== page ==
In the UK, which left the EU single market and began trading under a new UK-EU Trade and Cooperation Agreement (TCA) at the start of the year, near-term frictions in goods trade are increasingly apparent with rules of origin requirements piling on costs & administrative burdens for corporates and disrupting supply chains. The UK’s overall trade declined by 21% month-on-month in January, as both exports and imports declined by almost a fifth, but there was a sharp decline in UK-EU trade (-33.2% month-on-month). Indeed, UK exports to the EU declined by 40.5% in January, in contrast to exports to non-EU countries, which increased by 3.6%.
Ultimately, the recovery in the coming months will depend on how quickly pent up demand for goods meets rising vaccine distribution & easing restrictions. Yet the latest figures also highlight the importance of active supply chain management to help manage anticipated & unforeseen events.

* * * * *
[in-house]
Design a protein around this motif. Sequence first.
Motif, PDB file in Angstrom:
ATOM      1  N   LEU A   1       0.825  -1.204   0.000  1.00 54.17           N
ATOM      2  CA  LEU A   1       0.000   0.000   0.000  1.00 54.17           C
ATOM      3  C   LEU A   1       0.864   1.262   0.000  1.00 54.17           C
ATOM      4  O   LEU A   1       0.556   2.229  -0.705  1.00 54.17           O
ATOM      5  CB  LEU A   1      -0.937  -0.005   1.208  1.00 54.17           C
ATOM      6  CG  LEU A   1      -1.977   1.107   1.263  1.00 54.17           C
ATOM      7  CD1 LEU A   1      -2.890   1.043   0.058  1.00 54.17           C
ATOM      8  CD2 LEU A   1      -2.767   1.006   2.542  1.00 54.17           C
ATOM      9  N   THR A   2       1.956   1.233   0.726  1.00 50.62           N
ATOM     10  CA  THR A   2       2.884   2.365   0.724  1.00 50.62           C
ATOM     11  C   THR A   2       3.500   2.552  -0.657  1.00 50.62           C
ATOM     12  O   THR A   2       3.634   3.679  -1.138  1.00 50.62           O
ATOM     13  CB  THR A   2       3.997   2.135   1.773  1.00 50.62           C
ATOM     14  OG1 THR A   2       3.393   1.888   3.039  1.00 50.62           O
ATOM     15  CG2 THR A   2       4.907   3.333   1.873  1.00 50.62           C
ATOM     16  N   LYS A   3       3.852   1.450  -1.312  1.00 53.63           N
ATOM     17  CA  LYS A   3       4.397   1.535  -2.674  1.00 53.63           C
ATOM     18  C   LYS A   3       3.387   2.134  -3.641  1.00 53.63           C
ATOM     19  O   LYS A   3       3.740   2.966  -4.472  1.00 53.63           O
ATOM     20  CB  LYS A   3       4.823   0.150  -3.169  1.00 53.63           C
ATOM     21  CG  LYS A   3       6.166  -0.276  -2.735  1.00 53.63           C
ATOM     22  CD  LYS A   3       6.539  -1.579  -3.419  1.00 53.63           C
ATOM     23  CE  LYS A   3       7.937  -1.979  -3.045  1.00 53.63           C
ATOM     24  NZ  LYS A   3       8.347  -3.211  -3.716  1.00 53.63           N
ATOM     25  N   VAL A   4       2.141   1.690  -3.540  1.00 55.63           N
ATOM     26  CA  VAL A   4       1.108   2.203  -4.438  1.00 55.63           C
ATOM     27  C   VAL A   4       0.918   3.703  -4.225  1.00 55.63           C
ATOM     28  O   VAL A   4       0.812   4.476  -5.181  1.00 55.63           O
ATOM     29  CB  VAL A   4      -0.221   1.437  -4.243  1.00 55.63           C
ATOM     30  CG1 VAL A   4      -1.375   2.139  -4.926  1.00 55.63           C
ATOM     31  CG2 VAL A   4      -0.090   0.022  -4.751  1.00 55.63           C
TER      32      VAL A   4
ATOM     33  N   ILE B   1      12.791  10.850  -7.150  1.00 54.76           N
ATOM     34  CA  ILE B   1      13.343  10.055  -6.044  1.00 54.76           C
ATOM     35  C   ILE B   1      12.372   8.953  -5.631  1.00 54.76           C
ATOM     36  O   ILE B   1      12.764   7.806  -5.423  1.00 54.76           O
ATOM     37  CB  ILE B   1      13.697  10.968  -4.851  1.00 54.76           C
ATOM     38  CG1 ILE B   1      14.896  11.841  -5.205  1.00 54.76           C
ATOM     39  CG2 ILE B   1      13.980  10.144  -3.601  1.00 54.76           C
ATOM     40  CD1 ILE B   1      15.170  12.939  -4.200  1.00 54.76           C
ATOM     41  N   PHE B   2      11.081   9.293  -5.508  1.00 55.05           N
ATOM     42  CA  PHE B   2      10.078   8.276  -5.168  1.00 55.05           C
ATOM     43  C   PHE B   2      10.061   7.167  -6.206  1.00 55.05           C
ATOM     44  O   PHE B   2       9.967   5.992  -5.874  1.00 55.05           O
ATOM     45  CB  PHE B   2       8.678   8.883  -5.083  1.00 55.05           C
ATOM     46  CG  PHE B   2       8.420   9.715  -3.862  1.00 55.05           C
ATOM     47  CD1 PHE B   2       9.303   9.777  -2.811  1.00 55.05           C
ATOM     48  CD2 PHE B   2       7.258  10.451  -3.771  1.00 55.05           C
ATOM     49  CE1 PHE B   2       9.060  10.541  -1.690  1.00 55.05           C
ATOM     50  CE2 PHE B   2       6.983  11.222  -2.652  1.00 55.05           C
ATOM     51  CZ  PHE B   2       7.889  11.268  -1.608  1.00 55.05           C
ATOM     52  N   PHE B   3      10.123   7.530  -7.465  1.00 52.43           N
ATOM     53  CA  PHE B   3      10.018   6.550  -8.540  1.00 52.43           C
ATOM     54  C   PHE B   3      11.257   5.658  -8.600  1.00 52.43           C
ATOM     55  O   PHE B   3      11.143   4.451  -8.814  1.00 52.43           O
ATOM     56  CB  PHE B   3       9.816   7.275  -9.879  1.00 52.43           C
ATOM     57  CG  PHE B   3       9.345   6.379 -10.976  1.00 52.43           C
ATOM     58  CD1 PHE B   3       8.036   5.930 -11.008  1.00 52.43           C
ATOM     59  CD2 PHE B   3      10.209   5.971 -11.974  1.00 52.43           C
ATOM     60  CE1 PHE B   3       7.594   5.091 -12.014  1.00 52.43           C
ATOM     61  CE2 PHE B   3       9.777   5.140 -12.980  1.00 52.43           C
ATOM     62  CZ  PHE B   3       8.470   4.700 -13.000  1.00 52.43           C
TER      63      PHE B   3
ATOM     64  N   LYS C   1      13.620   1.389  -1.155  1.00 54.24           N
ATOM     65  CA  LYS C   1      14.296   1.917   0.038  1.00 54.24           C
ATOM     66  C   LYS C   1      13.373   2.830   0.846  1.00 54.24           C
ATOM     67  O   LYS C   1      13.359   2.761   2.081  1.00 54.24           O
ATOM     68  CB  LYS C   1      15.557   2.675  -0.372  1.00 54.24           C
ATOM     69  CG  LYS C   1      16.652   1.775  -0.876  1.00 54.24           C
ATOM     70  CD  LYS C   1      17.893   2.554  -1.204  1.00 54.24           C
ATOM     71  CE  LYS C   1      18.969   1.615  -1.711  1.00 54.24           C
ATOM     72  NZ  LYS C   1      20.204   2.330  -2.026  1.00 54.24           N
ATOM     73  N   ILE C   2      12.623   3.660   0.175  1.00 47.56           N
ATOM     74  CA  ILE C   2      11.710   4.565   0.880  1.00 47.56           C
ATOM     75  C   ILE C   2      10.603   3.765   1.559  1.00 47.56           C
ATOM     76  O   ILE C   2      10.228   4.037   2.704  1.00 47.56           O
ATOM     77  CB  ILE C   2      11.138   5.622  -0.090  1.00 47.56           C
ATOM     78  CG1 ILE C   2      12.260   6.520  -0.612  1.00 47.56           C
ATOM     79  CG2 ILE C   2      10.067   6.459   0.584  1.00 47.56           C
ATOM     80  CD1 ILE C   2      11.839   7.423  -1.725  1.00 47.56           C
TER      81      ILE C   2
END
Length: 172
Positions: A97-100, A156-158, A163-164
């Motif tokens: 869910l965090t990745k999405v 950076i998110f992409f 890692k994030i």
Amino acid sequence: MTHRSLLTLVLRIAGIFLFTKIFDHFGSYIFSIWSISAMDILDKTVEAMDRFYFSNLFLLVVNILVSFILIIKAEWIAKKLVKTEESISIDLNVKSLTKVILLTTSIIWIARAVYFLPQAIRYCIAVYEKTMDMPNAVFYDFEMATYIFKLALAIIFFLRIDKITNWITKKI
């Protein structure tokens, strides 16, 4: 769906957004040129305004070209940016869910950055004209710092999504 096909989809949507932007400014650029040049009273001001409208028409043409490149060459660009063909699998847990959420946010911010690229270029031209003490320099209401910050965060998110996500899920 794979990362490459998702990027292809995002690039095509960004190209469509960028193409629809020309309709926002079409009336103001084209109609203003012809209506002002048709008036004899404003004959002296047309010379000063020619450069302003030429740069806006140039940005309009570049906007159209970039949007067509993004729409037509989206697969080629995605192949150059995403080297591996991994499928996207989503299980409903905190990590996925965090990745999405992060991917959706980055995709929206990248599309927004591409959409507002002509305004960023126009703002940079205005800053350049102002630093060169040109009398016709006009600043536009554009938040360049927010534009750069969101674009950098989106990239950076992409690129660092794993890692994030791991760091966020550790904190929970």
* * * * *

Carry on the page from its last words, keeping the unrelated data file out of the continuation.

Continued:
The last year has taught us that the resilience and reliability of supply chains is incredibly important. Corporates should be looking to achieve as much visibility and transparency of their supply chains as possible – both suppliers and suppliers of suppliers – to help identify & understand risks to disruption, and map supply chains end-to-end. Only then will businesses be in a position to assess and mitigate these risks.
Where bottlenecks may emerge as the recovery proceeds is difficult to predict. Huge pent-up demand may indeed outstrip supply as more economies start to emerge from lockdown, but the asymmetries in regional and national progress on tackling the pandemic further underscores the importance of careful planning.
Thanks to Aastha Gupta for their contribution to this publication.